A Travellerspoint blog

February 2014

Ayutthaya, A UNESCO World Heritage Site

Take a trip back in time as you explore the impressive city of Ayutthaya, a UNESCO World Heritage Site and Thailand's ancient capital. Start off your journey with a scenic drive to the exquisite Bang PaIn Summer Palace of King Rama V, where European and Thai architecture come together to create dazzling structural masterpieces. Explore the two story Phra Thinang Wehart Chamrun then continue to Ayutthaya, where you'll see some of Bangkok's most stunning ruins. Activity Type: Active Adventures, Destination Hightlights Activity Level: Moderate Duration: 10 hours 30 minutes

Take a trip back in time as you explore the impressive city of Ayutthaya, a UNESCO World Heritage Site and Thailand’s ancient capital. Start off your journey with a scenic drive to the exquisite Bang PaIn Summer Palace of King Rama V, where European and Thai architecture come together to create dazzling structural masterpieces. Explore the two story Phra Thinang Wehart Chamrun then continue to Ayutthaya, where you’ll see some of Bangkok’s most stunning ruins.Highlights: • Explore Ayutthaya's ancient ruins including Wat Chaiwatthanaram and Wat Mahathat. Take an exciting elephant ride through Ayutthaya's historic center. • Enjoy a delicious lunch at a nearby hotel during your excursion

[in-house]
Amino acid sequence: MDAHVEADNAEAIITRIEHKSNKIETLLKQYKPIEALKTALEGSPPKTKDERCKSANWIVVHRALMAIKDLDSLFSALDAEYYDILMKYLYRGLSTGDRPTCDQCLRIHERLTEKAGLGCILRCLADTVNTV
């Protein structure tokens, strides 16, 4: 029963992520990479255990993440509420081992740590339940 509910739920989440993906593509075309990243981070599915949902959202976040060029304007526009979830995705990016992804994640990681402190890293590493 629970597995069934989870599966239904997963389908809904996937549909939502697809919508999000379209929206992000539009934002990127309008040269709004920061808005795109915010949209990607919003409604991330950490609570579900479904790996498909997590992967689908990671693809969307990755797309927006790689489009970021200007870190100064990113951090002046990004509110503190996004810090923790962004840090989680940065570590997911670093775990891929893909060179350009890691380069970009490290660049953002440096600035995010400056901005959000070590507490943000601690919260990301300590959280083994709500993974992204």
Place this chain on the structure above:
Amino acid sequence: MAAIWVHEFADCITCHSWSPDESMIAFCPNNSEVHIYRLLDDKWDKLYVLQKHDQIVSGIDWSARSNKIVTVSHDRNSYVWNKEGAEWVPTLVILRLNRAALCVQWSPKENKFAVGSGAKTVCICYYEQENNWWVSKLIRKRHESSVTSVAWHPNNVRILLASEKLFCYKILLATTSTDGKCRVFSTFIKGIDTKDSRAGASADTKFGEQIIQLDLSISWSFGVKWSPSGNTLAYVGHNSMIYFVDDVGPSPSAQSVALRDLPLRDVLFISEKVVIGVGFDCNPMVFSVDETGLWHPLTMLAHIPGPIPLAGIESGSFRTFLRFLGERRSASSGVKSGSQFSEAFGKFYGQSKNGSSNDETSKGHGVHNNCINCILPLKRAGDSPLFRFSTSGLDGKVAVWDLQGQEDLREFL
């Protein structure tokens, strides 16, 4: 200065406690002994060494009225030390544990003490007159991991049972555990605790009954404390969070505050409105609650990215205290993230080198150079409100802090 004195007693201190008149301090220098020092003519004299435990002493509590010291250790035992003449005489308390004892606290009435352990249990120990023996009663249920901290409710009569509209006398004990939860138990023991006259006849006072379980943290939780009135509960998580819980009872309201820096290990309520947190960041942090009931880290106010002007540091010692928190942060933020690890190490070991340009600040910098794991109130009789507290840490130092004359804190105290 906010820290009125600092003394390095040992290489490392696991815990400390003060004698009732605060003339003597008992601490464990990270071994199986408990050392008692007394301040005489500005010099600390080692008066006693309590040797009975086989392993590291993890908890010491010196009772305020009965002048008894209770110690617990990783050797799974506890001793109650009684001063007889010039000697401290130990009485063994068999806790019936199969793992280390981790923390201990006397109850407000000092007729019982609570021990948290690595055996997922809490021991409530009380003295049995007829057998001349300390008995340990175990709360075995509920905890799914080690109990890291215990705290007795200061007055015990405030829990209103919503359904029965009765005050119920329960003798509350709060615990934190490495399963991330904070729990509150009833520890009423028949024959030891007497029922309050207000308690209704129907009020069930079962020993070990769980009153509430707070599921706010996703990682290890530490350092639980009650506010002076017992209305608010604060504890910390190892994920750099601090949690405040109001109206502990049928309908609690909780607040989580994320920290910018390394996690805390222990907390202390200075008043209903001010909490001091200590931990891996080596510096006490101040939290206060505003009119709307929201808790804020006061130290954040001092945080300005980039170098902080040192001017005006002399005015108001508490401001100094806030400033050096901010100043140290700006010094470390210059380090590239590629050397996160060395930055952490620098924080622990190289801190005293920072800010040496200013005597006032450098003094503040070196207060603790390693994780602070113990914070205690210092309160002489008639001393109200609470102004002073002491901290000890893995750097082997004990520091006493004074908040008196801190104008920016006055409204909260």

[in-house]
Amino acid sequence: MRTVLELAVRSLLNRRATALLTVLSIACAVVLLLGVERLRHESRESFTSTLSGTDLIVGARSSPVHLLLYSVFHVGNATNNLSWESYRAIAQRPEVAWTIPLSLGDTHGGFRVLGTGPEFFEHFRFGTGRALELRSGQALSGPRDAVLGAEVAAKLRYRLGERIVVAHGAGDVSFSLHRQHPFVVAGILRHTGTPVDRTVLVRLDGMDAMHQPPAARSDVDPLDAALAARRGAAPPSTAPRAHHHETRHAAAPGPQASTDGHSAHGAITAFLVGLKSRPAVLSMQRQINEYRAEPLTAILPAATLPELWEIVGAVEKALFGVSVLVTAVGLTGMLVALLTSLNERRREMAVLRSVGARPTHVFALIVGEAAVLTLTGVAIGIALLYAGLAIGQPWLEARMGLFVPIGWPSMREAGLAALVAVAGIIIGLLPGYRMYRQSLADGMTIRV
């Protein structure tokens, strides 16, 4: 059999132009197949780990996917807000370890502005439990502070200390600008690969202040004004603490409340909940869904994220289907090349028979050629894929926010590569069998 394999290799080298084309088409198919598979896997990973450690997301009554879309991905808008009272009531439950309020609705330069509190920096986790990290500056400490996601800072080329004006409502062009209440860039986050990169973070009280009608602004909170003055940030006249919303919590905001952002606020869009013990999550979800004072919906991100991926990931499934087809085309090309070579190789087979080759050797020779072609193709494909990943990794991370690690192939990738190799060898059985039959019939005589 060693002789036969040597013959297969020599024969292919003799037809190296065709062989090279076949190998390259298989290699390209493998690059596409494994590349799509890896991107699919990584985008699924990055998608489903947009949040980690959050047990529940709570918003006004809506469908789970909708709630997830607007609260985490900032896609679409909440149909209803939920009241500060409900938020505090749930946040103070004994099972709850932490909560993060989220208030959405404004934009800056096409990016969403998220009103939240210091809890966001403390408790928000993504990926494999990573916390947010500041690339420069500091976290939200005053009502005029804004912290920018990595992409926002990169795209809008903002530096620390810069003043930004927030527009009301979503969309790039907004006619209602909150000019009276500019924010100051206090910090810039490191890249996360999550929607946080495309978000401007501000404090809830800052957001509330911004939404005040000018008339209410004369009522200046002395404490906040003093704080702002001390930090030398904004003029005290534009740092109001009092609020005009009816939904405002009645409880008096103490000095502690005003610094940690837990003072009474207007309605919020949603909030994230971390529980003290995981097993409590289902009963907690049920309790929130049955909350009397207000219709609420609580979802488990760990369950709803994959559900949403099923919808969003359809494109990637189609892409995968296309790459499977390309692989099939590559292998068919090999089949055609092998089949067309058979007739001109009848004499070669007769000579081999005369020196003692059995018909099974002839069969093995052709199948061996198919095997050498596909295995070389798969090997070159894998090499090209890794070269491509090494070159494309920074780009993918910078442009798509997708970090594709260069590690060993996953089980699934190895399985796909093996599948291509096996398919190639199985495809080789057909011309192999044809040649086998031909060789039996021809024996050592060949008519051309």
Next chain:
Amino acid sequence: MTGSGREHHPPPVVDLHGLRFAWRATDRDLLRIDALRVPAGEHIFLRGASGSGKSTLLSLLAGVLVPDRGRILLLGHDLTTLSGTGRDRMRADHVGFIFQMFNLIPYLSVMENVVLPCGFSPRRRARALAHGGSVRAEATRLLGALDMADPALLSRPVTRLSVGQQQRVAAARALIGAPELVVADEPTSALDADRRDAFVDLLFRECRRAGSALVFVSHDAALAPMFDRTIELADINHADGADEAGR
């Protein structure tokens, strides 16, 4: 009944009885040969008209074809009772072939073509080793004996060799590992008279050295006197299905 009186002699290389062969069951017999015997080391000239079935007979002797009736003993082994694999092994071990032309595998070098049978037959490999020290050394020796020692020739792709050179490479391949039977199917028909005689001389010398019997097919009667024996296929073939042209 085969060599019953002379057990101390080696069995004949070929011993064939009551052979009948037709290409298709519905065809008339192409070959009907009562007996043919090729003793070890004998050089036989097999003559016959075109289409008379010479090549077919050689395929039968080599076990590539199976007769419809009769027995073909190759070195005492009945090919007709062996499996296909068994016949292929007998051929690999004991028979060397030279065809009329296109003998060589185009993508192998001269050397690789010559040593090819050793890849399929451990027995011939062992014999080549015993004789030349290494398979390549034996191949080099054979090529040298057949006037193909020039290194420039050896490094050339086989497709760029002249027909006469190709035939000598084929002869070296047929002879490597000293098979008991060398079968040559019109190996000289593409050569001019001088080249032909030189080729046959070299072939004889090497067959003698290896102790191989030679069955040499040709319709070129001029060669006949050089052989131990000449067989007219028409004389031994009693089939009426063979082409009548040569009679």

Posted by 2seniortraveler 17:00 Archived in Thailand Comments (0)

Ho Chi Minh City, Formally Known as "Saigon"

Ho Chi Minh is the largest city in Vietnam. It is located at the heart of the southern part of the country and is intertwined with natural forest, vast plains, a long coast and hundreds of rivers and canals. The Saigon River winds around the city and connects it to the East Sea.

Conquered by France in 1859, the city was influenced by the French during their colonial occupation of Vietnam. So great was the French influence, that Saigon was called "the Pearl of the Far East" or "Paris in the Orient" for its wide boulevards lined with stately trees and magnificent French villas. It was an important trade center for Chinese, Japanese and Western merchants.

At the conclusion of the Vietnam War, on April 30, 1975, the city came under the control of the Vietnamese People's Army. In the U.S. This event is commonly called the "Fall of Saigon" while the Socialist Republic of Vietnam refers to it as the "Liberation of Saigon"

In 1976, upon the establishment of the unified communist Socialist Republic of Vietnam, it's city of Saigon, the province of Gia Dinh and 2 suburban districts were combined to create Ho Chi Minh City in honor of the late communist leader of the same name. However the former name "Saigon" is still widely used by many Vietnamese. Reunification Hall was formerly the Presidential Palace and is the site where tanks of the North Vietnamese army crashed through the gates in April 1975 which ended the American involvement in Vietnam.

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Posted by 2seniortraveler 17:00 Archived in Vietnam Comments (0)